So what I'm taking from all this reading is that actually, people's ideas of what constitutes good writing diverge more than I thought possible, and perhaps the way to deal with all of this mess is, after all, just to deal with the issue we were supposed to be voting on in the first place, which is "What were the best SFFnal works of 2014?" and its implied corollary, "What makes a good SFFnal work?". That's a matter of aesthetic philosophy, and philosophical questions are better illuminated by debate and evolving consensus than disposed of by majority vote, but if we view the vote as a contribution to the debate rather than something that settles the question once and for all in victory for one party and crushing defeat for another, perhaps we will yet be okay. Assume good faith, rank the works in order of perceived merit, and see what happens next.

Except the active hate peddlers. I will be leaving all of them unranked below No Award, because there is no way I will willingly be party to asking POC fans to watch their fandom honour a man who thinks they're not fully homo sapiens, no matter how good or bad his work may be.

This entry was cross-posted from Dreamwidth, where there are currently comment count unavailable comment(s). View DW comment(s).

Comments

( 16 comments — Leave a comment )
atreic
Apr. 21st, 2015 10:30 am (UTC)
This is an interesting, articulate and wise post. I think the insight in "this style is so far removed from what I like that not only do I not understand how anyone else could possibly like it, I actually think it's Objectively Bad Writing. Therefore people who nominate this must be doing it to promote some other agenda. But it's at least possible that really, the authors and nominators are just quietly getting on with writing and nominating the sorts of things their lived experience leads them to find interesting, and despite all that these authors and nominators aren't necessarily acting in bad faith" is worth thinking about more than we have been in the Hugo Storm - principle of charity and all that...

I guess the main take home message is 'if you can't understand why someone is doing something that you dislike and that hurts you, go and listen to them and meet them in their own spaces' Not that everyone should be _obliged_ to do that, but if we want to understand, it's where the answers are.
purplecthulhu
Apr. 21st, 2015 12:28 pm (UTC)
Very interesting post - thanks! On slashdot I'd mod it up as 'insightful' :-)

The more I write and see reviews of what I've written the more I realise that what people are reading is not necessarily what I wrote. This can be a result of expectations - this story is in Analog so how can it relate to mental illness, urgh! - different background assumptions - I'm sure as a Brit my assumptions are very different from sone USians - to, as you note, writing style.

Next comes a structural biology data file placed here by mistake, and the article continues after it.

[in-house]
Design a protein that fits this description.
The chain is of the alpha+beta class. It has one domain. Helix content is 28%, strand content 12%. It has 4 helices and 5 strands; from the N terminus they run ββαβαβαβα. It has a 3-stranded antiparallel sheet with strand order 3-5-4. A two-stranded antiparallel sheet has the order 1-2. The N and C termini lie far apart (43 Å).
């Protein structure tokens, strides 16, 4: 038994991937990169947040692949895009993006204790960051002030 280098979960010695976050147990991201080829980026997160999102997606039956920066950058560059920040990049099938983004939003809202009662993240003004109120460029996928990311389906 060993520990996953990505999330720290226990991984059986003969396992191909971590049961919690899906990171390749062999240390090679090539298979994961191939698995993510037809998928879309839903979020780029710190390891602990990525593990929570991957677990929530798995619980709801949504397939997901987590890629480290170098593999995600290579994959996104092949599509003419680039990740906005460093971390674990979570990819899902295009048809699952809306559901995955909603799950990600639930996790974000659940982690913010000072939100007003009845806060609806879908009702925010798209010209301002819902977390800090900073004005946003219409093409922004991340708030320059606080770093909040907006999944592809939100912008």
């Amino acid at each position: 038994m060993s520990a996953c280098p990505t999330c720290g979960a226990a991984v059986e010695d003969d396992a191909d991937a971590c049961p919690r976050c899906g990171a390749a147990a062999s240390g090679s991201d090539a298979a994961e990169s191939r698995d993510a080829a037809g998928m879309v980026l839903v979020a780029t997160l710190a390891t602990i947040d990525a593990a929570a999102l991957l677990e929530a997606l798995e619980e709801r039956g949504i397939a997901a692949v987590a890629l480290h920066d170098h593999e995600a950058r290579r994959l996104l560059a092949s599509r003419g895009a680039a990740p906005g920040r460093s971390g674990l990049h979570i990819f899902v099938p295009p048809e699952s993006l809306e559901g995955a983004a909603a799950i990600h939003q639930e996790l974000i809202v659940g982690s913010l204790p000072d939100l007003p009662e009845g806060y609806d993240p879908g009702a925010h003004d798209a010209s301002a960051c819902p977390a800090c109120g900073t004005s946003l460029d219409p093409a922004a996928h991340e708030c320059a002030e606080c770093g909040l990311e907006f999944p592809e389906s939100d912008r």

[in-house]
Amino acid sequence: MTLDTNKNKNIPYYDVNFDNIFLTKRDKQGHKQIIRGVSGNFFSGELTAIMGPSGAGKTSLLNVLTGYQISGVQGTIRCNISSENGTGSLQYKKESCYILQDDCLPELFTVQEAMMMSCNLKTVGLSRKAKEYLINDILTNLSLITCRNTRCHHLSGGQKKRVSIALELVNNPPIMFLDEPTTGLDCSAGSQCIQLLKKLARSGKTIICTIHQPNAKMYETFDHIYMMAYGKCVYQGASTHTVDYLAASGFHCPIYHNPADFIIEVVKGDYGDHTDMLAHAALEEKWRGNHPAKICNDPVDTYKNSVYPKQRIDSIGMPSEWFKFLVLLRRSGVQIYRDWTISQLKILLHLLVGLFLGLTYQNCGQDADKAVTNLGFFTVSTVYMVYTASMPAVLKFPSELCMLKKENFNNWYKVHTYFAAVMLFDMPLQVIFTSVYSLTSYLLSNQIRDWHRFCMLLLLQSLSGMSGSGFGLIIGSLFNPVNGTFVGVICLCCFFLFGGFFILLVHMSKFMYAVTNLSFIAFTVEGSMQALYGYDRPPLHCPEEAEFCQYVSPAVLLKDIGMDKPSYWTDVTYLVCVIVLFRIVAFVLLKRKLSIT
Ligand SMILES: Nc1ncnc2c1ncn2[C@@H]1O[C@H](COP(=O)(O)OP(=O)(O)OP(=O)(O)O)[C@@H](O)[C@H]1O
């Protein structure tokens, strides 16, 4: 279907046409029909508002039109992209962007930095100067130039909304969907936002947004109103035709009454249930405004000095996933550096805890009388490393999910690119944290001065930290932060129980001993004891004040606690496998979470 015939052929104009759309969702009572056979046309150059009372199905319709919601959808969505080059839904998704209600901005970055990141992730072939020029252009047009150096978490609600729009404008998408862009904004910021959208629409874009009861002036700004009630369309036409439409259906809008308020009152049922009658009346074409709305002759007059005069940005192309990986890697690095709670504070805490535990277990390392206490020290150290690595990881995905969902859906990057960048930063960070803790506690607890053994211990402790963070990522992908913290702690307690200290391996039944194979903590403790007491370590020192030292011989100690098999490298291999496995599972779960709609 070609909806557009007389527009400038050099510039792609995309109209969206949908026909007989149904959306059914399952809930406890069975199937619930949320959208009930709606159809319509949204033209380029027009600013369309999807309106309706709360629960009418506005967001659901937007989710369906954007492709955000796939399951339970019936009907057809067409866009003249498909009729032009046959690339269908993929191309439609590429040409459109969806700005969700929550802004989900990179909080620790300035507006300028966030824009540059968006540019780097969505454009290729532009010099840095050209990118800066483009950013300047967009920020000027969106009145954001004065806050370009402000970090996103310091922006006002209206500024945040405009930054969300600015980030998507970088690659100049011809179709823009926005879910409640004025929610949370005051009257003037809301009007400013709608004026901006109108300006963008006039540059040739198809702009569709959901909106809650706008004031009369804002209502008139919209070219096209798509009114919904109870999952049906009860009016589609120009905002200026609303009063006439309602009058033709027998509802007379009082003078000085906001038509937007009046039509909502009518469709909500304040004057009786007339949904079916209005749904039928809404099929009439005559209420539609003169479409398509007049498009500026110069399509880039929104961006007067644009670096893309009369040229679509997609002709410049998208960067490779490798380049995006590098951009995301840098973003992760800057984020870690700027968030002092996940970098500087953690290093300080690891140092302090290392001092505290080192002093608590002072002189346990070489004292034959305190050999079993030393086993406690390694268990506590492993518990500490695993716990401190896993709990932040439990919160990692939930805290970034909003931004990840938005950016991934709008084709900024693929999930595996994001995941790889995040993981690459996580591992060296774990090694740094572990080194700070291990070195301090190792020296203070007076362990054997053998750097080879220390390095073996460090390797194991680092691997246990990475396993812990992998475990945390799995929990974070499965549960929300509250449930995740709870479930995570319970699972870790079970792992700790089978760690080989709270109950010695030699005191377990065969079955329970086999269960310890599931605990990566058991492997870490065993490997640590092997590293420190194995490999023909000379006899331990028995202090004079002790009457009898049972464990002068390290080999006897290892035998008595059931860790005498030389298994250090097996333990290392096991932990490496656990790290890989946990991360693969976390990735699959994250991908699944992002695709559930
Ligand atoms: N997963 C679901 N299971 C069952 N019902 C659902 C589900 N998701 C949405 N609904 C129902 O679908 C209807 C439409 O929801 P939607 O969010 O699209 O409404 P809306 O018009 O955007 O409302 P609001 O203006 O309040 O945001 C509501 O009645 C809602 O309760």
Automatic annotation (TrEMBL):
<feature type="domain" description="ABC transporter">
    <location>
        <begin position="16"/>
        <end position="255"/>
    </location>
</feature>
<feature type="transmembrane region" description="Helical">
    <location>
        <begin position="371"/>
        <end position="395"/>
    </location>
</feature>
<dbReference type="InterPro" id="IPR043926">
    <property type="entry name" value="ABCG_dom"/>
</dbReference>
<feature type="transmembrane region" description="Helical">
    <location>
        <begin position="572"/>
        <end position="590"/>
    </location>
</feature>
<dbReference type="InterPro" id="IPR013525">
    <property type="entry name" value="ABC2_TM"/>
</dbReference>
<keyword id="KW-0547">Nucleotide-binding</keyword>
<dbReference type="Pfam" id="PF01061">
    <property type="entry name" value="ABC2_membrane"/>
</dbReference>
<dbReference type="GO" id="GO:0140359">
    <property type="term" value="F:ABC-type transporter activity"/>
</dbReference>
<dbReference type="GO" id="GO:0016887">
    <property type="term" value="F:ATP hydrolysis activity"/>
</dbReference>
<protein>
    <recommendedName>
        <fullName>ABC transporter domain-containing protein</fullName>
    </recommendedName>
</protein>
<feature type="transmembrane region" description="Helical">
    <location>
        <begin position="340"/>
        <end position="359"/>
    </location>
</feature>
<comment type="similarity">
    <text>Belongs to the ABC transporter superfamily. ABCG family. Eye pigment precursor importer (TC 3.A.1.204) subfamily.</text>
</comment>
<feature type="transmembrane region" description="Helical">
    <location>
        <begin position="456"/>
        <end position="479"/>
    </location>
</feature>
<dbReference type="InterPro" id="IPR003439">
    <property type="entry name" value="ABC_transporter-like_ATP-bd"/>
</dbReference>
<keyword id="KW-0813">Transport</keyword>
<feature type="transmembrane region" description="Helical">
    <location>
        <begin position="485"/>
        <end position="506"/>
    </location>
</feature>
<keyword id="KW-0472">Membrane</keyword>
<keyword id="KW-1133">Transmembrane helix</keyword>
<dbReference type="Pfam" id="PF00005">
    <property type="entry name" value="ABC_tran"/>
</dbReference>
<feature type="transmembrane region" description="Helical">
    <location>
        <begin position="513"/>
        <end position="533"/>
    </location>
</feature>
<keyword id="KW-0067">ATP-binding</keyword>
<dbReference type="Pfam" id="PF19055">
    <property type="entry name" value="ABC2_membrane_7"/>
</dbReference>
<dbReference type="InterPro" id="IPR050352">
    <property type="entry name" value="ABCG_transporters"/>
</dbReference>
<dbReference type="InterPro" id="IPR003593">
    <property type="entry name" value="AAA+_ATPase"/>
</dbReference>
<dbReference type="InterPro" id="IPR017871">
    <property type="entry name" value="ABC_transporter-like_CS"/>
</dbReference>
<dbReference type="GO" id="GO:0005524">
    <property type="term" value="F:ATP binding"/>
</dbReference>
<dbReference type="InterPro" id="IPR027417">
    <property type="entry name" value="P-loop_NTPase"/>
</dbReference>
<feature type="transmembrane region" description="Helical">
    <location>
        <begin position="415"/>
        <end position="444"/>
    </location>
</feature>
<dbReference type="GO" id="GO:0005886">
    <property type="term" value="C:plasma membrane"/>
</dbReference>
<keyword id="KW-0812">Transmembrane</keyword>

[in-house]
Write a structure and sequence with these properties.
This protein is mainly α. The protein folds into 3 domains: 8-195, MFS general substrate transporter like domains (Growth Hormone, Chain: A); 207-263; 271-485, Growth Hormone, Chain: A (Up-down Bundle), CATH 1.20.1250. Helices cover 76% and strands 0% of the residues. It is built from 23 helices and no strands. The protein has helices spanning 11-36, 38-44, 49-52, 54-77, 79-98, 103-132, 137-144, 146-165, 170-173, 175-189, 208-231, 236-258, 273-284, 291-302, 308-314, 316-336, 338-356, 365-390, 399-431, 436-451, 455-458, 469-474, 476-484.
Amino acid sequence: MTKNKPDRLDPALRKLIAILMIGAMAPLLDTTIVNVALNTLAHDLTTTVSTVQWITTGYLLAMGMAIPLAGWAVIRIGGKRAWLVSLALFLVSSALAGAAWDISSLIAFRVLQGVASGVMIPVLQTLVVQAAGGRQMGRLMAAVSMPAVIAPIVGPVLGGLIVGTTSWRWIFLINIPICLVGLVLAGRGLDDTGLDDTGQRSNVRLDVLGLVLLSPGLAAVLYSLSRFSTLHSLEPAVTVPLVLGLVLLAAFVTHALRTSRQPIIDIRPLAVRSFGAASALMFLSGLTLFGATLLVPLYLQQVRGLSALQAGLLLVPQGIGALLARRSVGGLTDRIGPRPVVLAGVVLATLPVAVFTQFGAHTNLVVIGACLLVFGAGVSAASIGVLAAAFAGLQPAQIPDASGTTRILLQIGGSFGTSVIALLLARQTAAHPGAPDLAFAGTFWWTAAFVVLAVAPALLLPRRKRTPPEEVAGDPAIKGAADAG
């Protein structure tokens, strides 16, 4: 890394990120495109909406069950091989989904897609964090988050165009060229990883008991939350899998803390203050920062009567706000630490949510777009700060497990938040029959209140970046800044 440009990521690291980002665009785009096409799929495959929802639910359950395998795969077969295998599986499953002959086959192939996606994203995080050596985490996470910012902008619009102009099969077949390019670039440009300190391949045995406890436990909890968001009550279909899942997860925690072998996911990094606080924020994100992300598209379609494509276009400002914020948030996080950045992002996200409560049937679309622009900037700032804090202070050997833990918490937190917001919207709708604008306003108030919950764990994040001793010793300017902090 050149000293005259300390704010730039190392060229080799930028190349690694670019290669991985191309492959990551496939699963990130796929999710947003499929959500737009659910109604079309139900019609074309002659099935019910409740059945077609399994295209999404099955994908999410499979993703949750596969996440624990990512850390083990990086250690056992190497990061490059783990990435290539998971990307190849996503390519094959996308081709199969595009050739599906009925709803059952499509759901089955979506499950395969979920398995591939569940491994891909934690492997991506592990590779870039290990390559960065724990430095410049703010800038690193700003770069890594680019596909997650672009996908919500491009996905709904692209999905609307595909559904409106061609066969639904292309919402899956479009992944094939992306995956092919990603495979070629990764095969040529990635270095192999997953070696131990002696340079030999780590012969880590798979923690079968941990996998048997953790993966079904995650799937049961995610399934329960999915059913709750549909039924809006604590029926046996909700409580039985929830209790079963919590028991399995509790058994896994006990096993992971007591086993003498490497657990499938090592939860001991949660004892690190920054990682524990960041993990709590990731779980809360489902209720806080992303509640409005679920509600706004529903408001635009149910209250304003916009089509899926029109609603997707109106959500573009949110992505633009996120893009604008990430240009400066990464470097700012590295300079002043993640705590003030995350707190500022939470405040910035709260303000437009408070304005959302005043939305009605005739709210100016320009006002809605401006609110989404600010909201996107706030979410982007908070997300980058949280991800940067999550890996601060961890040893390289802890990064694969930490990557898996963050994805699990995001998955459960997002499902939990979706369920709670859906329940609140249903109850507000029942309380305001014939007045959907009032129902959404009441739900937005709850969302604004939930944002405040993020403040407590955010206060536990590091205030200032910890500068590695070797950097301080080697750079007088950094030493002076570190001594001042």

On the writing style front, I wonder how much this has to do with educational attainment or the educational system you went through? A system that says 'this is the right way to write' would produce a very different set of expectations to one that exposes students to a range of styles and says 'these all work, what do you like?'.

It will be interesting to see what feedback I get on the story I just sold to Analog since it involves a black female viewpoint character working for the UN to sort out the US after it's turned into an ecological disaster area, while the 1% have withdrawn to their private upload heaven. Somehow I think Brad Torgersen isn;t going to like it :-)
widgetfox
Apr. 21st, 2015 10:41 am (UTC)
There is a nice thing on Scalzi about how VD will spin anything into victory, which I took seriously.
purplecthulhu
Apr. 21st, 2015 12:21 pm (UTC)
Yes - that was an interesting post and, as I see it, fully consistent with VD's past practice.
sashajwolf
Apr. 21st, 2015 04:05 pm (UTC)
Yes, I saw Scalzi's after I wrote this. I agree with a lot of it.
nancylebov
Apr. 21st, 2015 12:59 pm (UTC)
Thanks for doing the work of exploration.

I bounced off Ancillary Sword, though I might give it one more try. However, I think that most people who like milsf want something pretty much like real world military in sf settings, and AS might be too different from that, aside from any other issues.
nwhyte
Apr. 21st, 2015 01:03 pm (UTC)
On the first point, VD is obviously trying to troll us. A victory for him, objectively, is when candidates win whose nomination he supported. If he suddenly decides that No Award, whose nomination he did not support, suits him better, that's his business. But objectively, if No Award wins, VD's candidates lose, and his assertions to the contrary are desperate attempts to deny reality.

I do accept the point that aesthetic judgements still have a role here. But my own view remains that we are not being offered a choice between like and like. A majority of the nominees got on the ballot because of VD's campaign, ie as the result of a political campaign led by a misogynist racist. I can't ignore the issue of the integrity of the process; for me it is determinative.

Obviously, others take a different approach!
woodpijn
Apr. 21st, 2015 04:03 pm (UTC)